Helms: I think a fair amount of the grief that you’re hearing comes from some of the earlier times in the Bakken development, and there were things that happened that shouldn’t have happened. We have changed some laws to diminish that. You know, the number one complaint I used to get from a surface owner was, “I went to town to buy groceries and I came home and there was a well staked out in my pasture, and I had no say in where those stakes went or when they went in, and it’s my property and it’s sacred to me. And how could that happen?”
Well, we changed the law so it can’t happen, and now, before anybody can step on that property – even to start looking at where they might want to put a well – that surface owner has to get seven days’ notice. The owner of that property is given an opportunity to walk the land with the surveyor and talk about the options of moving the well a little here or there or the road a little bit this direction or that direction to minimize the disturbance.
EF: A trucker we met saw another driver dumping toxic waste in a creek. A rancher saw a truck dumping oil drilling waste on a neighbor’s farm. Another interviewee saw a trucker taking water from a rancher’s pond. Even if you add to your staff, how can you stop this sort of thing in such a large area?
Helms: Those are law-breakers. Spills are one thing. We engineer systems to contain the spills and even last year, when we had the high number of spills, 70 percent of them were relatively small and contained to the well site. But there are going to be uncontained spills. Our job is to minimize those. I just met with the attorney general last week about the dumping problem, and one of the things that the deputy sheriffs or the sheriffs’ departments are asking for is help in identifying what was dumped and trying to bring someone to justice for it. I think that’s what you’re going to see going forward, and it will change behavior. I don’t know that it will totally eliminate it, but it will certainly change behavior.
Email update, April 4, 2013:
EF: Why do you oppose current efforts in the legislature to increase the required set-back of oil operations from dwellings to 1,000 feet instead of 500 feet as it is now?
Helms: The NDIC has worked hard to manage and organize the development of the Bakken, most notably, with the establishment of the 15,000 square miles of 1,280 acre spacing units. Should the setback distance change, it would become a whole new ball game as far as management and placement of wells. We would no longer be able to establish east/west corridors, therefore increasing the footprint on the land.
EF: In almost two years of exploring, Terry Evans and I have witnessed spreading discontent among people affected negatively by the oil boom. We have also witnessed or heard about organized opposition to waste dumps in Dodge, White Shield, and the White Earth Valley. Must “collateral damage” to surface-owners and other residents be accepted as the price of drilling oil?
Helms: We recommend you contact the North Dakota Petroleum Council to see the results of their recent survey of ND residents.
EF: At a legislative hearing, a critic – perhaps inadvertently – referred to you as “Mr. Hess.” You worked for what is now called Hess Corporation and Texaco for many years. Do you have a conflict of interest in regulating oil in your state because of that experience?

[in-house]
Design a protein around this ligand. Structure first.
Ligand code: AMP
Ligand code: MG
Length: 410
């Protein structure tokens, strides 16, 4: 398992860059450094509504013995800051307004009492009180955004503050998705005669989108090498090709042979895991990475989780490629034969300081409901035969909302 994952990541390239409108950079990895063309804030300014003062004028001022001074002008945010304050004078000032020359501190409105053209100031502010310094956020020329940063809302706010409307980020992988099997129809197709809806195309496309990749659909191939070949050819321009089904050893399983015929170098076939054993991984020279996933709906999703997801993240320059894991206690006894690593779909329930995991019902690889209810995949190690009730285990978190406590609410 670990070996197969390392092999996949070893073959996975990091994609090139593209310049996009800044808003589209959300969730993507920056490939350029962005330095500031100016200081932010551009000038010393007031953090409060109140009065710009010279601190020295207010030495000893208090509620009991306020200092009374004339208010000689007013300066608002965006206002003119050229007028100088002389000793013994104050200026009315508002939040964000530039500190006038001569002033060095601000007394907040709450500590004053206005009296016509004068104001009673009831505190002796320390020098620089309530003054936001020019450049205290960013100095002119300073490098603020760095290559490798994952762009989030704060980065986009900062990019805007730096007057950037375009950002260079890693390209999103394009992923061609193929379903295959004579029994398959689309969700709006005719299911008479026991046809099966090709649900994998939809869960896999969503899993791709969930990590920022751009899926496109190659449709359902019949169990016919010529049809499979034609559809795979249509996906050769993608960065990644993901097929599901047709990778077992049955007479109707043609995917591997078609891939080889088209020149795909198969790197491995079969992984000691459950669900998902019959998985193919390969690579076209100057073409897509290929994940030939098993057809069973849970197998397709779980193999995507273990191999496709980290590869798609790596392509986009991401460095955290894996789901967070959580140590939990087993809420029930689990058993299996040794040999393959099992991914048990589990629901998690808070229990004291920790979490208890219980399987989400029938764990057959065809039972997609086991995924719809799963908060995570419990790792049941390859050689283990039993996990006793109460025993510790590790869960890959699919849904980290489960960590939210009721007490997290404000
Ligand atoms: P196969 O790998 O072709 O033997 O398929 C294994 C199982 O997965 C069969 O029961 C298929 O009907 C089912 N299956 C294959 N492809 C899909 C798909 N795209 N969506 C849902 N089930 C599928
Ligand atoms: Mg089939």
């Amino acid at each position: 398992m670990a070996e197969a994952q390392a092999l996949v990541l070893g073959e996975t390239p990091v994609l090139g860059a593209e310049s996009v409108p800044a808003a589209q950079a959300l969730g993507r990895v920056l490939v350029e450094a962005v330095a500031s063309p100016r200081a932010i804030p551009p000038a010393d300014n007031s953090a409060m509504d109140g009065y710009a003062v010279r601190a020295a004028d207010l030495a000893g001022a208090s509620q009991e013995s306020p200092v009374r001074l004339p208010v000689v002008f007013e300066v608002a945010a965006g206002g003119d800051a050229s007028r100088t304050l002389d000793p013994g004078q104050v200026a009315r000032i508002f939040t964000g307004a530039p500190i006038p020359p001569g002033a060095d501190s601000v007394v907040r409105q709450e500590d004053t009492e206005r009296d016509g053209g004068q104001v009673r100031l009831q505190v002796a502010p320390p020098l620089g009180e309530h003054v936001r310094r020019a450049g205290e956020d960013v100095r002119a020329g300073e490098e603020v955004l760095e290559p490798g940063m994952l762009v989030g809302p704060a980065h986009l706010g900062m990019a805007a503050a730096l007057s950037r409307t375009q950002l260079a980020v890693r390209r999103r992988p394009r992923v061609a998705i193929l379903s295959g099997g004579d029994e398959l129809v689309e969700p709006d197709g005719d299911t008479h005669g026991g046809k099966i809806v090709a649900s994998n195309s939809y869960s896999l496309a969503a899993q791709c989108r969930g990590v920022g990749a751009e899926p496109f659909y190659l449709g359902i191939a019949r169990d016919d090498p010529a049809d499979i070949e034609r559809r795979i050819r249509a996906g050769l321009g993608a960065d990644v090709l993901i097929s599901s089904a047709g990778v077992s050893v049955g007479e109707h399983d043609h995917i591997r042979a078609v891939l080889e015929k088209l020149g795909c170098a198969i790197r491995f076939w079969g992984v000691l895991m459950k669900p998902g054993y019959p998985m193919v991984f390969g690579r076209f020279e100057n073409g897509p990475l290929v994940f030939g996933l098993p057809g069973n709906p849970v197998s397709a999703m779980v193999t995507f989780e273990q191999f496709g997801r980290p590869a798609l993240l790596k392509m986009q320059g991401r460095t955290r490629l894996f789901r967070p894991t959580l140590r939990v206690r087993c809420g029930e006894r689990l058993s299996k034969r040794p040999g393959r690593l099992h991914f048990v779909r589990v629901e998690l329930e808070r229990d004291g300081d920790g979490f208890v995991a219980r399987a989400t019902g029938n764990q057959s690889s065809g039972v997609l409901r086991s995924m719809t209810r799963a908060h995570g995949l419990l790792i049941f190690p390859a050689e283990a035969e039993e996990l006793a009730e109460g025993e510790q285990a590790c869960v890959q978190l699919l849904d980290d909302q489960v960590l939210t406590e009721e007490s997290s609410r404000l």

Helms: Many could argue that my industry experience makes me best suited for this position. I have been on the other side of the table testifying before the commission, so I know the thought process of a witness. This issue was best laid out most recently in a story published in a local paper: Table’s turned: Lynn Helms goes from oil industry to oil regulator.
Who Will Take Responsibility?
The word “sacrament” comes to mind as Terry and I drive into Brenda and Richard Jorgenson’s Box J Ranch north of Tioga on a chilly spring afternoon. A sacrament is an outward sign of invisible, inward grace, and that’s how the Jorgensons see the landscape surrounding us now.
They run 100 Black Angus cattle on 2,240 acres at the north end of the White Earth Valley, much of it native prairie. They also farm flax, alfalfa, and spring wheat. “I feel the bond to this place in my soul,” Brenda told us when we first met a year ago. “Providing food is our mission and calling.”
On this afternoon, they serve lunch and then bring out arrowheads and other Native American artifacts and display them on the dining room table. It’s a large collection, gathered over the years since Richard’s Norwegian ancestors homesteaded here almost a century ago.
As Terry takes photographs, Brenda describes a discussion last year with a state oil and gas regulator about an oil drilling waste pit on the ranch. He claimed the plastic liner in the pit, the barrier between toxic liquids and their soil, would last for at least 40 years. “You won’t be around after that anyway,” he said. “What do you care what happens after you’re gone?”
“A chasm separates that way of thinking and ours,” Brenda tells us. “We’ve had the privilege of living here and calling it home because generations before us cared for the land. We owe it to future generations to do the same.”
For the tour, we get into their SUV and drive about ½ mile to a field where they used to grow flax. The first – and so far only – oil well on their property went up here in late 2010. We walk across the five-acre pad, covered in red scoria, past a pumpjack and tanks of oil and salt water, and stop before a long line of Russian olive trees planted 30 years ago. Many of the trees have died, and others are clearly dying. A plant pathologist and county agent have documented the losses in letters to the oil company, with no response so far. Brenda shows us a photograph she took of a road grader moving earth at the far edge of the pad, damaging some trees. She believes other trees may have died from toxic fumes or hydrological changes caused by compaction that cut off sources of water.
This early damage to a symbol of good stewardship (the trees prevented soil erosion) played a key role in making Brenda an activist. She often says the oil boom has turned her into something she never was before: angry, assertive, and outspoken. When the trees began dying, she wrote letters of complaint to the oil company and various regulatory agencies and published a short piece in the newsletter of the Dakota Resource Council, a grassroots organization working to improve conditions for landowners in the oil patch: